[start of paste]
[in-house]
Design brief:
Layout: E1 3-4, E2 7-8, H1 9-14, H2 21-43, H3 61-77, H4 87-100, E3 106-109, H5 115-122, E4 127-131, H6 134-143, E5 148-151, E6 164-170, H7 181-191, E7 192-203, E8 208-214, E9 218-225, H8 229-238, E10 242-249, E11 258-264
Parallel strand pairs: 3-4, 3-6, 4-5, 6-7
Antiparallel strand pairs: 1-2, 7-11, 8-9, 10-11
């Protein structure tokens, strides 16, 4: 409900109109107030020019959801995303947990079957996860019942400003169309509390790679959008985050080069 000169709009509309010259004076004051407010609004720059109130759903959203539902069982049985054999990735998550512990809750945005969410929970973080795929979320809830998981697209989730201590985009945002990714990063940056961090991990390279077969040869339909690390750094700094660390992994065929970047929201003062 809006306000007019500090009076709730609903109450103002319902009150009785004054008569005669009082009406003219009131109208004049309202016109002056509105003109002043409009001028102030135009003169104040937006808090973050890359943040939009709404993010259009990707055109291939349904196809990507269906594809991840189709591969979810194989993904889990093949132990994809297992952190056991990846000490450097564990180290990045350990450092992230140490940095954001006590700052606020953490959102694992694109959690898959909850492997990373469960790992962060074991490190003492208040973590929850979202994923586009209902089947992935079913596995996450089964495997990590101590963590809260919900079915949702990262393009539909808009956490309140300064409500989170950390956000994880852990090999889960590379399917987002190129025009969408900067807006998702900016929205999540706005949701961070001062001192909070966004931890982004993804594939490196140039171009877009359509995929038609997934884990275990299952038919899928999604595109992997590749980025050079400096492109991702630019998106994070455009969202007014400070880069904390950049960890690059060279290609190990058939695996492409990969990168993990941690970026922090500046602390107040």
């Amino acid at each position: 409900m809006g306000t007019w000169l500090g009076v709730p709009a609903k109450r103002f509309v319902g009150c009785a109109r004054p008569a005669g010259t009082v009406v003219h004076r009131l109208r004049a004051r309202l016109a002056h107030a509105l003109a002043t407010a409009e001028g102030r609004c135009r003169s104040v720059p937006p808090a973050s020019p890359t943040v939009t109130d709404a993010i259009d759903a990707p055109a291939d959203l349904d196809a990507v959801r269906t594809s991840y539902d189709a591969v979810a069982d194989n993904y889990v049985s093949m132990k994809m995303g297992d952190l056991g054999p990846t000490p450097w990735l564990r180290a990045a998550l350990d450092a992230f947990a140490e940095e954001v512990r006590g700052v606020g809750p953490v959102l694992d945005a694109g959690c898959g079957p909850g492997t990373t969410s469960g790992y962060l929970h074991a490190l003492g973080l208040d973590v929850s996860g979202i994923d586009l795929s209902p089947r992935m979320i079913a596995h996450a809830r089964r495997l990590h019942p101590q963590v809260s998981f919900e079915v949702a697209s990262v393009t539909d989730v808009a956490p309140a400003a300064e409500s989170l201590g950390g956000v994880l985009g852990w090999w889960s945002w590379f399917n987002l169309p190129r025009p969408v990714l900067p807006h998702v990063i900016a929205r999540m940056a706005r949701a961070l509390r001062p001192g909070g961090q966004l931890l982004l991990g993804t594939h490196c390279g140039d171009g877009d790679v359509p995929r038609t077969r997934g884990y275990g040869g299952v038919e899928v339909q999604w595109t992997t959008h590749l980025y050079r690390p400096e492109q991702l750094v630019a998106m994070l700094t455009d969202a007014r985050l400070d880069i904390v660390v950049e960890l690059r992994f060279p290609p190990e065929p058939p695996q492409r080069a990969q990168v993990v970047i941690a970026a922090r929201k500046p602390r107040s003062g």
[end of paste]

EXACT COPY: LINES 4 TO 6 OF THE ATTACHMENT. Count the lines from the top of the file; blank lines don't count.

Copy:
Parallel strand pairs: 3-4, 3-6, 4-5, 6-7
Antiparallel strand pairs: 1-2, 7-11, 8-9, 10-11
């Protein structure tokens, strides 16, 4: 409900109109107030020019959801995303947990079957996860019942400003169309509390790679959008985050080069 000169709009509309010259004076004051407010609004720059109130759903959203539902069982049985054999990735998550512990809750945005969410929970973080795929979320809830998981697209989730201590985009945002990714990063940056961090991990390279077969040869339909690390750094700094660390992994065929970047929201003062 809006306000007019500090009076709730609903109450103002319902009150009785004054008569005669009082009406003219009131109208004049309202016109002056509105003109002043409009001028102030135009003169104040937006808090973050890359943040939009709404993010259009990707055109291939349904196809990507269906594809991840189709591969979810194989993904889990093949132990994809297992952190056991990846000490450097564990180290990045350990450092992230140490940095954001006590700052606020953490959102694992694109959690898959909850492997990373469960790992962060074991490190003492208040973590929850979202994923586009209902089947992935079913596995996450089964495997990590101590963590809260919900079915949702990262393009539909808009956490309140300064409500989170950390956000994880852990090999889960590379399917987002190129025009969408900067807006998702900016929205999540706005949701961070001062001192909070966004931890982004993804594939490196140039171009877009359509995929038609997934884990275990299952038919899928999604595109992997590749980025050079400096492109991702630019998106994070455009969202007014400070880069904390950049960890690059060279290609190990058939695996492409990969990168993990941690970026922090500046602390107040």